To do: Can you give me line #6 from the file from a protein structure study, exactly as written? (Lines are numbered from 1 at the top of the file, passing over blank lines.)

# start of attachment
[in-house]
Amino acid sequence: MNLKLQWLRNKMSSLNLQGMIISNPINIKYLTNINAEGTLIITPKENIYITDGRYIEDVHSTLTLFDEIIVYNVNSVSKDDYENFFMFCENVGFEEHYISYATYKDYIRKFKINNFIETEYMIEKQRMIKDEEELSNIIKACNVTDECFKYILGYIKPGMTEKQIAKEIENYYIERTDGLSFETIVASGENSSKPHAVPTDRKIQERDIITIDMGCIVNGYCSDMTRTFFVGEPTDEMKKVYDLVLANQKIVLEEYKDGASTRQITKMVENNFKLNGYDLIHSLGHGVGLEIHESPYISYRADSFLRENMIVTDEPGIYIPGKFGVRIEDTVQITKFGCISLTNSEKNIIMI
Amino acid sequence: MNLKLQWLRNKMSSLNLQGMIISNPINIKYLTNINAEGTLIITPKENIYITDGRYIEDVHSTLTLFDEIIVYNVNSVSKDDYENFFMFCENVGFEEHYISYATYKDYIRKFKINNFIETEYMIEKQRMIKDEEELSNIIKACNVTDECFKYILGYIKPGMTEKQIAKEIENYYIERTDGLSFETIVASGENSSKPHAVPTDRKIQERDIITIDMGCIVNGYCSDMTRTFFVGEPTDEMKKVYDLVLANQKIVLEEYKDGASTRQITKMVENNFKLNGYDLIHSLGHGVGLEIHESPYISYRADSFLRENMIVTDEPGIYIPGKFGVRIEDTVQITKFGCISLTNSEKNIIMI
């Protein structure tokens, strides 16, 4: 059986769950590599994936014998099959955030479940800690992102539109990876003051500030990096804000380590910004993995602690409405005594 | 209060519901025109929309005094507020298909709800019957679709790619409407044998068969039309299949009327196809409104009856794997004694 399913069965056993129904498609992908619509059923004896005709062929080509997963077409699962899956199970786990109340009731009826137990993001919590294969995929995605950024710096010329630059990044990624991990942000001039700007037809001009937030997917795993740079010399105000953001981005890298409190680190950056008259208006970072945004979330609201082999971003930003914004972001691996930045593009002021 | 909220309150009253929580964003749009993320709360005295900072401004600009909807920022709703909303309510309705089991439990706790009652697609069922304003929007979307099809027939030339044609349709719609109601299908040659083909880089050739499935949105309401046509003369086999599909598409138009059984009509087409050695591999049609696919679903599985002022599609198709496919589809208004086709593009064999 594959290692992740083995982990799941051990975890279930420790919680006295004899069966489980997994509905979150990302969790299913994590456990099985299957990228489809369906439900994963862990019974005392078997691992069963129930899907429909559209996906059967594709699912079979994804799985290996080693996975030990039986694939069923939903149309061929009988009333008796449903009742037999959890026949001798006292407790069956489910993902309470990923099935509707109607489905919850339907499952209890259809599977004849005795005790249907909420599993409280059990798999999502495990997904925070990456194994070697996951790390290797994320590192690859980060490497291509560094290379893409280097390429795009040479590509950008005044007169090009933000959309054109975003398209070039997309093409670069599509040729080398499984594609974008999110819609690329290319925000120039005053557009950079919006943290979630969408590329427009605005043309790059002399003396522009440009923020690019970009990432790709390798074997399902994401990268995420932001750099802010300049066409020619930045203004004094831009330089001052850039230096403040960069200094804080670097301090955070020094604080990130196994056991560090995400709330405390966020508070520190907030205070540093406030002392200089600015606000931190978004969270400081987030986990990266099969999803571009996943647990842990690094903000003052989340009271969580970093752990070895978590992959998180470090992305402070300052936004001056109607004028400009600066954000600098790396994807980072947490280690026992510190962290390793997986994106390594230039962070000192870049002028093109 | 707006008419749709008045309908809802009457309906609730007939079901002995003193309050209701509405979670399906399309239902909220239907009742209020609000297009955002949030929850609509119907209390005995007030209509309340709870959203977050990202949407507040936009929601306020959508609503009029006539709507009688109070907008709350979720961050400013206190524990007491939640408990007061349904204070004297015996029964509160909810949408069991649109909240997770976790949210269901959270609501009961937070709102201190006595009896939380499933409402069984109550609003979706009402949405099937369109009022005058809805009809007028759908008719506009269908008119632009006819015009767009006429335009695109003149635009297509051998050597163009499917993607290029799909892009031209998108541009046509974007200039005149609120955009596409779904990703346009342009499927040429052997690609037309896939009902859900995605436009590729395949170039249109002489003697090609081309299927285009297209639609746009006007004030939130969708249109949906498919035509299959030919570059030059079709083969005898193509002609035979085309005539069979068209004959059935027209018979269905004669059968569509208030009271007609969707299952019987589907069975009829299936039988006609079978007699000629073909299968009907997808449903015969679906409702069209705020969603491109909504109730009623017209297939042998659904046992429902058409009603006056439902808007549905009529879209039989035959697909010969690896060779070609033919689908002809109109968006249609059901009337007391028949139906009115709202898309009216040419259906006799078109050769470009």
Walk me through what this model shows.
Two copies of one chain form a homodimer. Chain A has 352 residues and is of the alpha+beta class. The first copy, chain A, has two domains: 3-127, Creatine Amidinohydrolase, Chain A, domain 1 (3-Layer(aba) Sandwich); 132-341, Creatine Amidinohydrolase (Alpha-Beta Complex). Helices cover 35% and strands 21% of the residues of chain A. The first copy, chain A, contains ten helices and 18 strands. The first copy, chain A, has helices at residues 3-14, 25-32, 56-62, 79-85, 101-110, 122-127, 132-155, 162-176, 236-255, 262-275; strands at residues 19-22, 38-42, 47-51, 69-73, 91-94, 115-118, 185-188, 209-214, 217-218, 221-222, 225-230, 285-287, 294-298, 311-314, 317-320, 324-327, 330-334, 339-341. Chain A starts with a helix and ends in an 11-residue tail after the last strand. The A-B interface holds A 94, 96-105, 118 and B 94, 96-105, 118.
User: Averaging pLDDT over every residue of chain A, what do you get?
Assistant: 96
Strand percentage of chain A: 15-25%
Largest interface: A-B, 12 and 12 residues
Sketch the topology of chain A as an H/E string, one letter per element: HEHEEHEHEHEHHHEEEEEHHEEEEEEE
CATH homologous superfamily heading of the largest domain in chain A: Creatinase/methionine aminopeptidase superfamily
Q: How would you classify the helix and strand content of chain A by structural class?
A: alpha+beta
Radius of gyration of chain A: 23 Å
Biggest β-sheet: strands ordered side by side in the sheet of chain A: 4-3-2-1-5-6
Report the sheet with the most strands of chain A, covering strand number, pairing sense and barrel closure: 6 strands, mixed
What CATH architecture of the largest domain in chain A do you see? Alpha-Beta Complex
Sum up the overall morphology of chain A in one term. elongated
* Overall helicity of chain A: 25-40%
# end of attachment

Two copies of one chain form a homodimer. Chain A has 352 residues and is of the alpha+beta class. The first copy, chain A, has two domains: 3-127, Creatine Amidinohydrolase, Chain A, domain 1 (3-Layer(aba) Sandwich); 132-341, Creatine Amidinohydrolase (Alpha-Beta Complex). Helices cover 35% and strands 21% of the residues of chain A. The first copy, chain A, contains ten helices and 18 strands. The first copy, chain A, has helices at residues 3-14, 25-32, 56-62, 79-85, 101-110, 122-127, 132-155, 162-176, 236-255, 262-275; strands at residues 19-22, 38-42, 47-51, 69-73, 91-94, 115-118, 185-188, 209-214, 217-218, 221-222, 225-230, 285-287, 294-298, 311-314, 317-320, 324-327, 330-334, 339-341. Chain A starts with a helix and ends in an 11-residue tail after the last strand. The A-B interface holds A 94, 96-105, 118 and B 94, 96-105, 118.